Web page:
A car bomb has exploded outside the French embassy in Libya's capital of Tripoli, injuring two guards and a local 13-year-old girl.
The blast caused major damage to the building, located in the upscale al-Andalus neighbourhood, and has been described as a "terrorist attack" by Libyan foreign minister Mohammed Abdel Aziz.
French president Francois Hollande said the attack targeted "all countries in the international community engaged in fighting terrorism" and urged local authorities to act swiftly in bringing the perpetrators before justice.
"France expects the Libyan authorities to shed the fullest light on this unacceptable act, so that the perpetrators are identified and brought to justice," Hollande said.
The explosives-laden car was detonated before the diplomatic mission opened for business in the morning, Libyan security officials said.
Nearby buildings were damaged by the powerful blast and two cars parked outside the compound were set ablaze. A 13-year-old girl in a nearby house was injured and is being taken to Tunisia for treatment, Libyan Deputy Prime Minister Awad Barasi revealed.
"In conjunction with the Libyan authorities, our government departments will make every effort to ensure that all light be shed on the circumstances of this heinous act and its perpetrators quickly identified," French Foreign Minister Laurent Fabius said. Fabius is due to fly to Libya later today to assess the situation, the ministry confirmed.
The bomb is the latest is a string of attacks against Western diplomats in Libya since the toppling of late dictator Muammar Gaddafi in 2011. However it is the first such assault to hit a diplomatic mission in Tripoli.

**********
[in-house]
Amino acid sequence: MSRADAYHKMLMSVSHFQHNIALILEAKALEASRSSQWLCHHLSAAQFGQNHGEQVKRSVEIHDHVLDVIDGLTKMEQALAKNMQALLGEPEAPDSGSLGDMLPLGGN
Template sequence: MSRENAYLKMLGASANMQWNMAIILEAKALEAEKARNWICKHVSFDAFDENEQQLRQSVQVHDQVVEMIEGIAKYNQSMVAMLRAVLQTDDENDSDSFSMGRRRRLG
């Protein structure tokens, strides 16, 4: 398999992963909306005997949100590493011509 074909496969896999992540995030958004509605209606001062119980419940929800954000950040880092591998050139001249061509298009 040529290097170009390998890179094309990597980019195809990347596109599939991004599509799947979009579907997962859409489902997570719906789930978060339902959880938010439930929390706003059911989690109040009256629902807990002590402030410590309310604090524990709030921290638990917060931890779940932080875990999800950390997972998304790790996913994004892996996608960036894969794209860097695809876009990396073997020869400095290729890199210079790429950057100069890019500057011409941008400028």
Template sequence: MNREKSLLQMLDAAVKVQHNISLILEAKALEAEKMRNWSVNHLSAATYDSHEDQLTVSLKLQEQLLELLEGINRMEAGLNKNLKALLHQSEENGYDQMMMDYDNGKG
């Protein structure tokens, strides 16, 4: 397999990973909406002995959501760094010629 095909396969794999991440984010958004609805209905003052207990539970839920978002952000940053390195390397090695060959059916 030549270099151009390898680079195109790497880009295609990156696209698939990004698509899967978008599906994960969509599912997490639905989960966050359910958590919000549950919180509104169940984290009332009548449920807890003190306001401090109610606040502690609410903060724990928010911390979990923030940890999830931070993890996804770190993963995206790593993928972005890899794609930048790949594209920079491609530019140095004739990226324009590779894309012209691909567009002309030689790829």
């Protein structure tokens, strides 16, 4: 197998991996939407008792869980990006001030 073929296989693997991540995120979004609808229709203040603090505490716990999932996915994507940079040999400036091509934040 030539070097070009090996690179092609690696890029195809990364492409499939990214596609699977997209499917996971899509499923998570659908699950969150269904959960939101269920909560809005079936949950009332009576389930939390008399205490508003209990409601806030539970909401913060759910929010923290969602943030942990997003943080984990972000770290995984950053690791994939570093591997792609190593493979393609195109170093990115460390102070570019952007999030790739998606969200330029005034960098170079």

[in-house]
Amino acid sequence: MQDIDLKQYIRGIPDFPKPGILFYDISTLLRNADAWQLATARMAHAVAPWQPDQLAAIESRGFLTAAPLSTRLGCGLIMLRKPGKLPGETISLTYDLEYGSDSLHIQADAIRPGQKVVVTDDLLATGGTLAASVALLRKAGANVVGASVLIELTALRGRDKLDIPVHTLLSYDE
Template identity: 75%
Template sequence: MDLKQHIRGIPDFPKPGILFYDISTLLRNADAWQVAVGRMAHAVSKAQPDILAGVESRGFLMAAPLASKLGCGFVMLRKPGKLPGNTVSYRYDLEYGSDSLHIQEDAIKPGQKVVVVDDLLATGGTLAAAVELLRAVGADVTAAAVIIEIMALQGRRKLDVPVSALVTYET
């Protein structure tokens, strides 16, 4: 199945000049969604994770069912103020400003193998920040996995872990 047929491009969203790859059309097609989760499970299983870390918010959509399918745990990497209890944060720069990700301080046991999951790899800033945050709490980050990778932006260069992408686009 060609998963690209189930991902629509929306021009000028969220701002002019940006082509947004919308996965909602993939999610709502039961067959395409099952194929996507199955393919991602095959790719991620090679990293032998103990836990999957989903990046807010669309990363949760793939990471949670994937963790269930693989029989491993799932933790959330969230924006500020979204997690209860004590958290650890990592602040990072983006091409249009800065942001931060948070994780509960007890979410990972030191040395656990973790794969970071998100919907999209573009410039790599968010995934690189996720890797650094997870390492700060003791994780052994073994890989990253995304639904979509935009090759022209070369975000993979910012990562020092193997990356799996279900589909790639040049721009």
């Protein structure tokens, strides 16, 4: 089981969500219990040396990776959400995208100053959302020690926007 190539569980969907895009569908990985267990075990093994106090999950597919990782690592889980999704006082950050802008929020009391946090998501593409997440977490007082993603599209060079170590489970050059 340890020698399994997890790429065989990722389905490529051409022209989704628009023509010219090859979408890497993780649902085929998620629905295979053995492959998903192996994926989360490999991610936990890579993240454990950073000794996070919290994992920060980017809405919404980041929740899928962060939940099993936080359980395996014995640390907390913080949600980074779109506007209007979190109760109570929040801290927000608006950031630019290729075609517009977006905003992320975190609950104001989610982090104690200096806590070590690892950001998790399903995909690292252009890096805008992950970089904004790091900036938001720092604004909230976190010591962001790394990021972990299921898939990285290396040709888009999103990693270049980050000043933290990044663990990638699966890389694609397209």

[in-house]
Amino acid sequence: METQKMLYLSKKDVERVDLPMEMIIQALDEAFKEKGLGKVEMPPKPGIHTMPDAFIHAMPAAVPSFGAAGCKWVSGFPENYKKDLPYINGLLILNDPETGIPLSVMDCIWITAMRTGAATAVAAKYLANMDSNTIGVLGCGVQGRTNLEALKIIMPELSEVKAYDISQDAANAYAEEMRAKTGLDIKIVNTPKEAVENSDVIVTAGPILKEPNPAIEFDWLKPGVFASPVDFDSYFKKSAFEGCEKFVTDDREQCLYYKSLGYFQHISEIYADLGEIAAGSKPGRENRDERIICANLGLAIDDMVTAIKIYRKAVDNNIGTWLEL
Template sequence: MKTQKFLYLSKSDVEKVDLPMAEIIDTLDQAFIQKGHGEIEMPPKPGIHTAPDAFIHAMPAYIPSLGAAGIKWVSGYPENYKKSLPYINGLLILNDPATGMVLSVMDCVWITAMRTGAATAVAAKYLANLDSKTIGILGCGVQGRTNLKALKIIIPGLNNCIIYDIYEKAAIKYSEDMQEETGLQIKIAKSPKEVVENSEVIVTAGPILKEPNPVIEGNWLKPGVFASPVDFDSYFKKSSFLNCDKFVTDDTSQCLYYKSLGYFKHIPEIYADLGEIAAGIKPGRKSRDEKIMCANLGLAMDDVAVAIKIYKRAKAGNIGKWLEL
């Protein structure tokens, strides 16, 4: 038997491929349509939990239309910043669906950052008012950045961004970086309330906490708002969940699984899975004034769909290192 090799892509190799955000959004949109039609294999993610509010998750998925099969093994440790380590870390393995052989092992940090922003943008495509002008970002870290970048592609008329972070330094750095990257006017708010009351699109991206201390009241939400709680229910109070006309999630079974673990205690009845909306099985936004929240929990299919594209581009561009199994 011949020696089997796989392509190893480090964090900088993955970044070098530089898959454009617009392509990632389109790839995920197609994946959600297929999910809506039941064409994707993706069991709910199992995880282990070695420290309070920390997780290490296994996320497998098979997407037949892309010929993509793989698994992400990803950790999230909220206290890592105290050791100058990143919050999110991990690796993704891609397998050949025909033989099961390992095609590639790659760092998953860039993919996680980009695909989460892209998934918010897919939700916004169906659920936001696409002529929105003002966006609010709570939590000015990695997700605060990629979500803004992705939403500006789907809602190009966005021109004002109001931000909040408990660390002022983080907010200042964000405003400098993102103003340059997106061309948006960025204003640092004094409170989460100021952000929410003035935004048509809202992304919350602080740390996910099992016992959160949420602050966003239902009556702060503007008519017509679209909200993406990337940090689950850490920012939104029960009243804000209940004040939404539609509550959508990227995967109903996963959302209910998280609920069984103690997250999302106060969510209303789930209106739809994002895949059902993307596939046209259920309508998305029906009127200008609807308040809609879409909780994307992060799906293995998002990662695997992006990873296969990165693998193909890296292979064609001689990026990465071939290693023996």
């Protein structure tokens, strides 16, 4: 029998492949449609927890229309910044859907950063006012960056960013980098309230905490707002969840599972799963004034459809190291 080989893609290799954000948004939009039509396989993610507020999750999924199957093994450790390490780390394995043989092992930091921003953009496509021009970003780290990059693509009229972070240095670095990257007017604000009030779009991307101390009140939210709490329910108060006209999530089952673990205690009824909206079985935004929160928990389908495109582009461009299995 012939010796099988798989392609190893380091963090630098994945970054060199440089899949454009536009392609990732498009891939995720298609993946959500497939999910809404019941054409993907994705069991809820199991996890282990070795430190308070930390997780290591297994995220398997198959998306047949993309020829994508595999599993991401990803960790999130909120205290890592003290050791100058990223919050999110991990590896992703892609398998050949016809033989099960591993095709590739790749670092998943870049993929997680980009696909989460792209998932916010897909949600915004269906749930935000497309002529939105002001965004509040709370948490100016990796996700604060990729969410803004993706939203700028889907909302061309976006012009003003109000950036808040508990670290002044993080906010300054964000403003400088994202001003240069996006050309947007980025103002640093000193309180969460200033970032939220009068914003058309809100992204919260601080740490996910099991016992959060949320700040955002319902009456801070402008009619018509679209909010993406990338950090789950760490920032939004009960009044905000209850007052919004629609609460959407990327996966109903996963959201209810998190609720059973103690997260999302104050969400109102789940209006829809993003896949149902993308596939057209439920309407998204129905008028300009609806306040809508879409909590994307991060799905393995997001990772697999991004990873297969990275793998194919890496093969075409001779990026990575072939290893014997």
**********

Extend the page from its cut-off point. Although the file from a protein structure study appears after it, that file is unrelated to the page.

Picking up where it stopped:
The British consulate in the city of Benghazi closed in June 2012 after a convoy carrying the UK ambassador to Libya, Dominic Asquith, was hit by a rocket-propelled grenade in the city's streets.
Italy shut down its compound in the eastern costal town and pulled its staff out of the country after the consul was targeted in a similar attack three months ago.
Guido De Sanctis's bullet-proof car came under gunfire from a running car at a crossroads, in what Italian Foreign Minister Giulio Terzi described as "a vile act of terrorism".
Last September, US ambassador Chris Stevens and three other Americans lost their lives in violent uprisings at the US consulate, after the release of the anti-Islam film Innocence of Muslims.
No group has claimed responsibility for the attack yet. Al-Qaida in the Islamic Maghreb (AQIM) has threatened to hit French targets following Paris military intervention against Islamist insurgents in Mali earlier this year.